Frontend? Gross. This Is Why I've Always Preferred the Backend
My sites look like ass
As a kid, I always wanted to be good at drawing. I practiced drawing my favorite anime characters, but frankly, my mom was the only one who thought they were good.
Fast forward roughly 18 years, and I'm a college graduate with a computer science degree looking for my first role. I had a part-time full-stack developer job in college, but I wanted to work at a larger company and specialize on one side of the stack for at least a few years. I built a few websites in college, and I found that I would spend roughly 50% of my time on the entire project just tweaking CSS.
The worst part?
The sites all looked like ass anyways.
My decision was made. I wanted to become a backend engineer. Let's talk about some of the other factors that impacted my decision.
I love building my own stuff, sans the UI
I hate UI design. You know, sitting for hours, tweaking bloody CSS classes, and the result? A site that makes most 90s GeoCities pages look like a Van Goph.
It was then I realized that I could just make the command line my best friend. When you build backend projects and CLI tools for developers, you never need to build a UI again. Developers prefer CLI tools!
It’s not about giving up, it’s just about recognizing where my strengths and preferences lie.
Building tools for developers makes you a better developer
If you think about it, everything you build as a backend developer will be used by other developers! That means you have a fantastic feedback loop where your peers and mentors are telling you how to hone your craft, every single day.
- Building a REST API? Front-end devs use it.
- Building a CLI tool? Other developers use it.
- Architecting a database? Other back-end developers use it.
- Choosing a backend technology? Other developers on the team will integrate with it.
And trust me, the feedback from other developers is rarely sugarcoated. There are no shit sandwiches.
They’ll tell you if your tool is a diamond in the rough or just plain rough. It's an opportunity to learn, improve, and ultimately, become a better developer.
My favorite question: "Is it possible?"
I've always been more invested in what can be done rather than how it looks. Function over form, at least from an engineering perspective.
Fancy buttons and interactive graphics are cool, but I'd rather geek out about:
- Can we translate all these tweets into Japanese in real-time?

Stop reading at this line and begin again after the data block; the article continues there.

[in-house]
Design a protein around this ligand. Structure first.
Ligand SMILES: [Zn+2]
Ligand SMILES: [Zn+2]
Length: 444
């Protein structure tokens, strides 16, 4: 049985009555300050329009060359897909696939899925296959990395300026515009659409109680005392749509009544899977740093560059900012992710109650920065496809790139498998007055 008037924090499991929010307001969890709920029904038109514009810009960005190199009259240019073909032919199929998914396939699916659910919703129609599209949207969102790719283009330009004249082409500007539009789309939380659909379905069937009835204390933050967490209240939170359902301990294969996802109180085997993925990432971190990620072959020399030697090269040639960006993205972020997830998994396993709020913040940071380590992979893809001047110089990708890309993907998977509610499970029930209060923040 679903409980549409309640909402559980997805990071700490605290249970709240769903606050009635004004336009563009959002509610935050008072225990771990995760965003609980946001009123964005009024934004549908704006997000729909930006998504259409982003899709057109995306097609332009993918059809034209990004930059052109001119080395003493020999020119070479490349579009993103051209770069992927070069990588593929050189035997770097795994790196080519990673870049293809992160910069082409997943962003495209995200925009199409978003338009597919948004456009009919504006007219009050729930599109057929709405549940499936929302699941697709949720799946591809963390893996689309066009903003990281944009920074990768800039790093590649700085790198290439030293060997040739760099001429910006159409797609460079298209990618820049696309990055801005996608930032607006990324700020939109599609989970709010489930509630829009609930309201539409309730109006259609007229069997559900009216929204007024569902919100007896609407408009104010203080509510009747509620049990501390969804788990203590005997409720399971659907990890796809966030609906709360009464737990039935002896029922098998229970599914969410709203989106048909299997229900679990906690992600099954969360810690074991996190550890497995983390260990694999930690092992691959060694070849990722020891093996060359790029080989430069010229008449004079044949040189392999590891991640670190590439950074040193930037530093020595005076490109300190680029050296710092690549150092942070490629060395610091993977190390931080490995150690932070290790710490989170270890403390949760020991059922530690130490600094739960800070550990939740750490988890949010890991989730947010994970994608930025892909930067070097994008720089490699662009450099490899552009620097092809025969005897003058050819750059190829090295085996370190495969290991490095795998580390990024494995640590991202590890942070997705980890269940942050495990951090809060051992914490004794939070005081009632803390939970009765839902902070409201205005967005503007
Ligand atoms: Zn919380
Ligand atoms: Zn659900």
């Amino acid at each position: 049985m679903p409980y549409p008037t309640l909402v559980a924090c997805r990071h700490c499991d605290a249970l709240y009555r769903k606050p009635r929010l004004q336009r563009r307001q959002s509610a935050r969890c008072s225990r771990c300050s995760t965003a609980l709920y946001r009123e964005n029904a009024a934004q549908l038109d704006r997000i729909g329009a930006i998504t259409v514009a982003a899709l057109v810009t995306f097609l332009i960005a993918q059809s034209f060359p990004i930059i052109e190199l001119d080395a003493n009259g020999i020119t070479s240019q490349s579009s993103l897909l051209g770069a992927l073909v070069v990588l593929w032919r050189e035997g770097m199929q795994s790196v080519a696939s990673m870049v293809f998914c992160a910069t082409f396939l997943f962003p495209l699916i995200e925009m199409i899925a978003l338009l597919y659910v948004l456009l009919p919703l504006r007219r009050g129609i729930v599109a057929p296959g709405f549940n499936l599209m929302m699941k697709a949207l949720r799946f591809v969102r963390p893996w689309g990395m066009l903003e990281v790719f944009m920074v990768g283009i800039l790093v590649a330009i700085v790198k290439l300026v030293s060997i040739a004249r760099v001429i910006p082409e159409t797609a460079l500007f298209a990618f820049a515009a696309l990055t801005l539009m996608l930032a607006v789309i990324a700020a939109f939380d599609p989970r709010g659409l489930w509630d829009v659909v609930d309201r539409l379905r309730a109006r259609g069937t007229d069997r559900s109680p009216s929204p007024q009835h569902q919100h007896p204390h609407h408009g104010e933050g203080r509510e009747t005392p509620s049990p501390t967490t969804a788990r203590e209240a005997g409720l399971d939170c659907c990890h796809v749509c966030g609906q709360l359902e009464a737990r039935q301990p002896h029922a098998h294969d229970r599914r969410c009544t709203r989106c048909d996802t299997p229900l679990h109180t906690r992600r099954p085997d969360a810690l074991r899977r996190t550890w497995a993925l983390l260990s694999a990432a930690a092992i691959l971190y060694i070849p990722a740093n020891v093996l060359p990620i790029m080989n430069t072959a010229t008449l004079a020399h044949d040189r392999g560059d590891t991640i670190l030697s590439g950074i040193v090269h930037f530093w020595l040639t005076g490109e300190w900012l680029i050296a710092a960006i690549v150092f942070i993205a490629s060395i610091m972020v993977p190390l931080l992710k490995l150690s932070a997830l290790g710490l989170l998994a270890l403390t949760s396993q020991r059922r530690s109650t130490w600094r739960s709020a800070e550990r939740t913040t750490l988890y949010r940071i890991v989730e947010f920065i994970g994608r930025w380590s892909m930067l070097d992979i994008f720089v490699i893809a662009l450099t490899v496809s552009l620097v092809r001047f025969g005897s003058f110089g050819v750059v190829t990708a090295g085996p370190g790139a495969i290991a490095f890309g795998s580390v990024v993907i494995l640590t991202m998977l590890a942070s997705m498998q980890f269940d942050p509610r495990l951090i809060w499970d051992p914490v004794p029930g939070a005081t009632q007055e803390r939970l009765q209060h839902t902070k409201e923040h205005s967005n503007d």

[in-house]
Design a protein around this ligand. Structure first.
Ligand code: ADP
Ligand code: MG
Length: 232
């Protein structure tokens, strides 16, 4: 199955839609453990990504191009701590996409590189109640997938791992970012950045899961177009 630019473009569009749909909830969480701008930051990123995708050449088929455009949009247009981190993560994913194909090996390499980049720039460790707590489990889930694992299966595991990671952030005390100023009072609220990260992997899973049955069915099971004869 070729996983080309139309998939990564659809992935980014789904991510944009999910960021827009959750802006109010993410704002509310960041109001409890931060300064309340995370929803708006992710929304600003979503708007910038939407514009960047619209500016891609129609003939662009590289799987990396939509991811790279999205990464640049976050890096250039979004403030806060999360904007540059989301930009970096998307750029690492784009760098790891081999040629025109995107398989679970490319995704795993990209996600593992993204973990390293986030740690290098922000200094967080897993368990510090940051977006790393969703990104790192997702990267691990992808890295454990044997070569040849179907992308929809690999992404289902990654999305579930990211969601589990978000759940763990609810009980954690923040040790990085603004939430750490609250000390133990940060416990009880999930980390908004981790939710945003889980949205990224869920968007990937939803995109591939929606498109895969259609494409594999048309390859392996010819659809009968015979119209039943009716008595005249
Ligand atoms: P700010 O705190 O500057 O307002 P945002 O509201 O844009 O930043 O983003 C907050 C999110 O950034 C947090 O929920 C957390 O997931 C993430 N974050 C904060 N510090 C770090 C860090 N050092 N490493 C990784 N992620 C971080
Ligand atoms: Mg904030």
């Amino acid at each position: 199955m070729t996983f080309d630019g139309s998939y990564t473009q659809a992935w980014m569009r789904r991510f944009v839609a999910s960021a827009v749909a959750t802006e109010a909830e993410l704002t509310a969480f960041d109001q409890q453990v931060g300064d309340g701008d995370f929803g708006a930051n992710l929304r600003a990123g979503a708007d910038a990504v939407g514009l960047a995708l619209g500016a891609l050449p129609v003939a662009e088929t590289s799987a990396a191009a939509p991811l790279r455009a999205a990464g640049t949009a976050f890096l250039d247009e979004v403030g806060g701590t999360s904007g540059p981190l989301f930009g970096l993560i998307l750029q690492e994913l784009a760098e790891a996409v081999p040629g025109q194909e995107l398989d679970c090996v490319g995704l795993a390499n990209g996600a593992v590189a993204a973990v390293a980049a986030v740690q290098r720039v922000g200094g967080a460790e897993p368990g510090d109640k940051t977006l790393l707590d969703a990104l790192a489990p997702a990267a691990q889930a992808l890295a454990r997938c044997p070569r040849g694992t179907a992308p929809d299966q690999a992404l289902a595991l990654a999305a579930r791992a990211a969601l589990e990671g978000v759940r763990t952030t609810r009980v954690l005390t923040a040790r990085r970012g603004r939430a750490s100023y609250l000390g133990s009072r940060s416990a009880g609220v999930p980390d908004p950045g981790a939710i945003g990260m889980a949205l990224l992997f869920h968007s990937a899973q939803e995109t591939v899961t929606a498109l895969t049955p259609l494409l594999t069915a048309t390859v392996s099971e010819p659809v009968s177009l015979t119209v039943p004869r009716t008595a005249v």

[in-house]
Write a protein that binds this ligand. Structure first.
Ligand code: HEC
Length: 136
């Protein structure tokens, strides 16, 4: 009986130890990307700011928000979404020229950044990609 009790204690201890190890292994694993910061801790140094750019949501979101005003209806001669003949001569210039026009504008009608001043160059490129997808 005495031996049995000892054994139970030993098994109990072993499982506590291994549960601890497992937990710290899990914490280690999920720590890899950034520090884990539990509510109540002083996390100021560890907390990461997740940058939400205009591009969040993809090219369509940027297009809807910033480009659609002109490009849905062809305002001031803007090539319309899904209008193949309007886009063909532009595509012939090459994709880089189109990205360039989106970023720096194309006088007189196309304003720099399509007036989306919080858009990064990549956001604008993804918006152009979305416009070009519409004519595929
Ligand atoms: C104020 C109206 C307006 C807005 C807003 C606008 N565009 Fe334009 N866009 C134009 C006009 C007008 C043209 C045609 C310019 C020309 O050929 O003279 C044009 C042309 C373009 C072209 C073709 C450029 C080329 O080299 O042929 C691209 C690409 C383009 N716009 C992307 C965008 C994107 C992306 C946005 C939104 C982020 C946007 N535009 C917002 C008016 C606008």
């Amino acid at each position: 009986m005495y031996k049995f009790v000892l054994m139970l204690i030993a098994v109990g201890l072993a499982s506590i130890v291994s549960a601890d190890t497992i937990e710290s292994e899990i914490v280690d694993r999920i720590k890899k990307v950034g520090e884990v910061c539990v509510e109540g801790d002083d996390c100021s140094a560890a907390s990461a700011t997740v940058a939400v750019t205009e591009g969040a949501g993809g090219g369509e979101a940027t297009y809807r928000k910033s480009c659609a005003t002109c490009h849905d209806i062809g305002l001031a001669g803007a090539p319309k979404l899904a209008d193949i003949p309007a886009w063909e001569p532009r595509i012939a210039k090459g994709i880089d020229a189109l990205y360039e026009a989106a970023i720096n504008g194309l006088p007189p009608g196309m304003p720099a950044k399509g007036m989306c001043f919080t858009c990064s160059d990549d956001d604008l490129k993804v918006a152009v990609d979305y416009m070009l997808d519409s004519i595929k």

- Can we reduce our cloud bill by 50% if we use this database?
- Can we cut the page load time in half?
- How can we architect our backend to simplify the code required for email, sms, discord, and in-app notifications?
Scalability and performance
I love thinking about scalability and performance. There’s just something so satisfying about planning, creating, and optimizing systems to make them perform better, handle more traffic, and grow as the business and use cases grow. It's so nice to work on something that can be measured concretely.
- I reduced latency by 50%.
- I improved throughput by 200%.
- I reduced our cloud bill by 30%.
- The system can now handle 10x the traffic.
You get the idea. It's easier to explain the value of your work when you can quantify it. It sounds more impressive to the boss than "I moved our vanilla CSS to Tailwind".
At the moment Go is my language of choice. Static typing, fast compile times, a great standard library, and statically compiled binaries. It's a joy to work with.
The great thing about the backend is that you can kinda just pick your stack. Use whatever you want!
- Like Go? Use it.
- Love Python? Use it.
- Enjoy the borrow checker? Rewrite your backend in Rust.
- Like Java? You're wrong, but use it.
And now, let’s talk about the elephant in the room: money. Moolah. Cheddar. Greenbacks. Benjamins.
Let’s face it, we all have bills to pay and I'm not ashamed to admit that I like money. So yeah, the pay advantage of backend engineers played a role in my decision.
According to 2023 Stack Overflow:
- Backend developers in the US: $165,000
- Frontend developers in the US: $140,000
You do you
I can confidently say that my preference for backend development is not just a passing fancy. It’s a career choice driven by curiosity, passion, and yes, practicality.
But remember, this is my journey. Your preferences in programming might be in creating sleek, dynamic web interfaces, or in developing the next big mobile app experience. And that's okay!
In the end, finding joy in what you do, whether it's frontend, backend, game dev, or something in between will probably be the best predictor of your personal success. Good luck out there.